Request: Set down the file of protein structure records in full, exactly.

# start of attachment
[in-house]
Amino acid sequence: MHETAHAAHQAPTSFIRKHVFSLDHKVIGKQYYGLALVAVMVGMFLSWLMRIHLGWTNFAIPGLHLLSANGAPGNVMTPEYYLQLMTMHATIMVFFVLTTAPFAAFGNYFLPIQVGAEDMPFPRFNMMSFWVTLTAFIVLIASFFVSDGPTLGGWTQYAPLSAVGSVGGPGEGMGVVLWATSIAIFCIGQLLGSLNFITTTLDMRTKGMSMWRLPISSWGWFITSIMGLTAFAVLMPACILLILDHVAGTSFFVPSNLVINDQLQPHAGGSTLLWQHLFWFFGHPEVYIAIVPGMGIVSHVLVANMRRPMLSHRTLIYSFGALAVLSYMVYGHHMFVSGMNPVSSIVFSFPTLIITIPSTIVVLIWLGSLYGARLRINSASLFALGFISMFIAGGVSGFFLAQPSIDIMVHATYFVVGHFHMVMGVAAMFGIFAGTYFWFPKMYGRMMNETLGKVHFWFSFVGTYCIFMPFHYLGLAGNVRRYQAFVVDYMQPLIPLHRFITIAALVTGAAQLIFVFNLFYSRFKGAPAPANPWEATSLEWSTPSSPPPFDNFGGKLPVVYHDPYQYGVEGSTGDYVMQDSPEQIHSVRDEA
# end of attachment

[in-house]
Amino acid sequence: MHETAHAAHQAPTSFIRKHVFSLDHKVIGKQYYGLALVAVMVGMFLSWLMRIHLGWTNFAIPGLHLLSANGAPGNVMTPEYYLQLMTMHATIMVFFVLTTAPFAAFGNYFLPIQVGAEDMPFPRFNMMSFWVTLTAFIVLIASFFVSDGPTLGGWTQYAPLSAVGSVGGPGEGMGVVLWATSIAIFCIGQLLGSLNFITTTLDMRTKGMSMWRLPISSWGWFITSIMGLTAFAVLMPACILLILDHVAGTSFFVPSNLVINDQLQPHAGGSTLLWQHLFWFFGHPEVYIAIVPGMGIVSHVLVANMRRPMLSHRTLIYSFGALAVLSYMVYGHHMFVSGMNPVSSIVFSFPTLIITIPSTIVVLIWLGSLYGARLRINSASLFALGFISMFIAGGVSGFFLAQPSIDIMVHATYFVVGHFHMVMGVAAMFGIFAGTYFWFPKMYGRMMNETLGKVHFWFSFVGTYCIFMPFHYLGLAGNVRRYQAFVVDYMQPLIPLHRFITIAALVTGAAQLIFVFNLFYSRFKGAPAPANPWEATSLEWSTPSSPPPFDNFGGKLPVVYHDPYQYGVEGSTGDYVMQDSPEQIHSVRDEA